Gradually the ceremonial air force became a fighting force and a force to be reckoned with. After 1977, General aviation (GA) was privatized. The GA companies could not compete with the air force. Bit by bit the air force began to restrict the air space over Sri Lanka to General Aviation operators. This state of affairs killed pleasure flying. This was all done in the name of “Security”. For the gentlemen of the air force, a safe aircraft was an aircraft on ground! The main reason was that both the Civil Aviation Dept and the air force came under the same Ministry, the Ministry of Defence. It was far easier for the Chief of the Air Force to speak directly with the then President (as she was the Commander –in- Chief), than for Director General of Civil Aviation who had to go through a longer chain of command. All the air force commanders over rode the wide powers that the DG of Civil Aviation had, with no legal power what so ever. While the Commander of the SLAF was a pilot, the DG was not. Until recent times, the Civil Aviation Authority Sri Lanka (CAASL) did not have a single pilot in its administration. Therefore any lie or half truth that was communicated to the incumbent President was believed. The sad fact was that even with all these restrictions on General Aviation, when the push came to a shove, the Tigers terrorists had the sky to themselves. Let us not kid ourselves by thinking that the gunners did a good job by shooting down the Tiger aircraft that came over Colombo on the last occasion. Because they were on a suicide mission, the Tiger aircraft were low and slow and thereby compromised their vulnerability. The question remains as to why the enemy could not be intercepted well before they became a threat to humanity? Please don’t get me wrong, the air force has done a wonderful job in carrying out precision bombing of identified ground targets. Unfortunately the same cannot be said of relatively slow moving aerial targets at night because the SLAF lacked the proper equipment and practice. But that is another story.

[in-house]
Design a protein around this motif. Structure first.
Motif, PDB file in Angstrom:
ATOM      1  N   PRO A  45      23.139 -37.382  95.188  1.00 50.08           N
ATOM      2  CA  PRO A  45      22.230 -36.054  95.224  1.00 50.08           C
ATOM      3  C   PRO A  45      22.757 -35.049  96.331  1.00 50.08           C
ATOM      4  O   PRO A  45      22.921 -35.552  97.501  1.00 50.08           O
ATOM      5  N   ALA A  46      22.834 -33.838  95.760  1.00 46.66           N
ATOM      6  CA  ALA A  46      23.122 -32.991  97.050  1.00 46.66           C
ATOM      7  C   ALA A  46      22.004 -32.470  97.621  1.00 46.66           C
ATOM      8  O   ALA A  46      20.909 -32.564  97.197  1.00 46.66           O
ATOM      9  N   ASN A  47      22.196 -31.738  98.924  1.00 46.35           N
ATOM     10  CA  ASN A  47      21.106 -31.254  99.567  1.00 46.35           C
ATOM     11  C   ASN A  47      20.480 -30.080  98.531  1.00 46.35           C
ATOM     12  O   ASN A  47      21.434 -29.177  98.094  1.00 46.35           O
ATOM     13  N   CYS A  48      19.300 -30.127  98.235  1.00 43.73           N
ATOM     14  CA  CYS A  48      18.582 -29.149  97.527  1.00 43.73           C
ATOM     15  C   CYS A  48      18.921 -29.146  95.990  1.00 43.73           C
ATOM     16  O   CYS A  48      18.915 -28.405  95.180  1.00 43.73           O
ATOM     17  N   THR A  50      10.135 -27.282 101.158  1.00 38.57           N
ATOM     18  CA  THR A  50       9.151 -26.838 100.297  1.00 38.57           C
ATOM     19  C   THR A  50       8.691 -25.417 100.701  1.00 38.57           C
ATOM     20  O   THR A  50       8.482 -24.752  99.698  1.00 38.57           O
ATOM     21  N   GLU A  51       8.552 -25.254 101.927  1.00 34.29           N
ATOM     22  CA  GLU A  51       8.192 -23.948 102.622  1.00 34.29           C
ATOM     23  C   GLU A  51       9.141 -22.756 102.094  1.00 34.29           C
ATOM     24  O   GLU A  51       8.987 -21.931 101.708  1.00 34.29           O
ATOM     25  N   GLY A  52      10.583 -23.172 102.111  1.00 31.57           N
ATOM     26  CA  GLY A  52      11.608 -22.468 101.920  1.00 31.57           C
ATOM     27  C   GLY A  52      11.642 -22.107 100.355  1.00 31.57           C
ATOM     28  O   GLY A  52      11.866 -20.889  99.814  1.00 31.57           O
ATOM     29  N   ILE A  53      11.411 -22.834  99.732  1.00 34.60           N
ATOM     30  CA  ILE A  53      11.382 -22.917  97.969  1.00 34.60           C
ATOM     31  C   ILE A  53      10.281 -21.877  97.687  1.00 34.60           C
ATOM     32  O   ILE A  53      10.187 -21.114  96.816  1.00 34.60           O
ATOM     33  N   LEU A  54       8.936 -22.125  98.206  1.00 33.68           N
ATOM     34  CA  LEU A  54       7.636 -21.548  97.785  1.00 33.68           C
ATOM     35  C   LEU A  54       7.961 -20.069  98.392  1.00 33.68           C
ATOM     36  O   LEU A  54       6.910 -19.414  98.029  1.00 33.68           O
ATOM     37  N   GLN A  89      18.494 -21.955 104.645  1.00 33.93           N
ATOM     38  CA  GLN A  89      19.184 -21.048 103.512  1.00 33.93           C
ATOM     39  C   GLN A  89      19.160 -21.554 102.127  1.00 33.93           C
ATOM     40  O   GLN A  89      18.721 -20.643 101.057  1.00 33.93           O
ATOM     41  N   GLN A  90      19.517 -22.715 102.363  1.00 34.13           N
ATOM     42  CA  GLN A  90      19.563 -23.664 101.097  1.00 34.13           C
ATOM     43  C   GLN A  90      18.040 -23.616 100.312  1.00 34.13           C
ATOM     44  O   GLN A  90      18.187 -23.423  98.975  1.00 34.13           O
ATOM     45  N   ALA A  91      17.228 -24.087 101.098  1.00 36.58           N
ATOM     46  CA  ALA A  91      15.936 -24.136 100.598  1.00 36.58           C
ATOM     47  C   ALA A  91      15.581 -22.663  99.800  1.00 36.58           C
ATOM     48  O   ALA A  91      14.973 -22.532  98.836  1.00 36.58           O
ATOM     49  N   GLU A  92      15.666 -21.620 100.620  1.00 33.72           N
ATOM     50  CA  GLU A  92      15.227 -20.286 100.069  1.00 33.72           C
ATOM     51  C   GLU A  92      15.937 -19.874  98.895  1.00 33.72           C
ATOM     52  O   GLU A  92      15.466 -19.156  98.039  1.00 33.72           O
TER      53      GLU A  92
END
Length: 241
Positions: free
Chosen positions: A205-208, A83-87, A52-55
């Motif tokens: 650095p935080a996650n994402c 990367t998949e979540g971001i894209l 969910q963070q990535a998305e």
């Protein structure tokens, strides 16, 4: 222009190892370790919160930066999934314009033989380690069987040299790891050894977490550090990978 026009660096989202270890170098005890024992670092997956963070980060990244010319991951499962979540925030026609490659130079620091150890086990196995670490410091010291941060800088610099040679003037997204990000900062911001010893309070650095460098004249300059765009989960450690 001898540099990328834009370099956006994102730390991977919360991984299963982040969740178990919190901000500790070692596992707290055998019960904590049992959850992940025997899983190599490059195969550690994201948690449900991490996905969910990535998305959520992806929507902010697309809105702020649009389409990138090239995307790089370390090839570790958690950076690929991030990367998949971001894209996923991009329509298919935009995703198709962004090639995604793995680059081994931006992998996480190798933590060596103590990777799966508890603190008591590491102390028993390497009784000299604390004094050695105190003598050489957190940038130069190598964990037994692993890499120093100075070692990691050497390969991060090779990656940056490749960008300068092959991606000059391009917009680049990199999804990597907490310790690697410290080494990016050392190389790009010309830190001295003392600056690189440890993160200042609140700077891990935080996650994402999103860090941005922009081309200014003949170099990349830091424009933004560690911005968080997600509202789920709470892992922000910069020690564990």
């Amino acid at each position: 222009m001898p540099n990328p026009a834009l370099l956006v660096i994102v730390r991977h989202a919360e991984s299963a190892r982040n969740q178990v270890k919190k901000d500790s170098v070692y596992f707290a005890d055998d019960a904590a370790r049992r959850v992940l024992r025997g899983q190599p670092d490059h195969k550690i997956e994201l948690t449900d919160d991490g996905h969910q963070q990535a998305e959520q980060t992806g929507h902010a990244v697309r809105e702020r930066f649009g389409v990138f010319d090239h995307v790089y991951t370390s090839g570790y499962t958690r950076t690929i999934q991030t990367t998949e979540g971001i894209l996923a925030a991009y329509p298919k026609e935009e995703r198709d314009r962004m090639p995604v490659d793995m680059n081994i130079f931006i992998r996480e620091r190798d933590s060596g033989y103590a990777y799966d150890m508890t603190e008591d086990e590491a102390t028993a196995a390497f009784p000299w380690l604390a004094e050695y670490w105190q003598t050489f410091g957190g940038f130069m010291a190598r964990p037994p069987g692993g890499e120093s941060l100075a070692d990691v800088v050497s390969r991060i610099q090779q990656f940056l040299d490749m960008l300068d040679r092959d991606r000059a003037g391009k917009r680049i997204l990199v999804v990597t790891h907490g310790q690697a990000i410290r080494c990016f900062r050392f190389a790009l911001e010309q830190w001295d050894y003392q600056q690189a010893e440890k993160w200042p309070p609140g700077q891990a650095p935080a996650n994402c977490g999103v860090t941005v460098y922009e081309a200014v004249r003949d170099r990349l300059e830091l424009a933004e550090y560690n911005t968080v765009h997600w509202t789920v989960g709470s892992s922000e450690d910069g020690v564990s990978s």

The Aviation Ministry in coordination with the Ministry of Defence, did try to implement the “Ruhunu open skies” policy to liberalise the operation of GA flying, south of Katukurunda in a clearly defined area both vertically and horizontally. This scheme however is an utter failure due to the sheer incompetence and intransigence of the SLAF. Unrealistic demands were being made from civil operators, in airspace they have no right to administrate. This was partly due to a weak CAASL administration as well.
What is attempted in this short discourse is to show that the air force has been gradually infringing into areas of civil aviation which they are not legally qualified to handle. With the end of the fighting in the north, this writer believes that history will repeat itself in peace time and the air force will drive the last few nails into general aviation’s coffin. Unless we say that enough is enough as the tail should not wag the dog.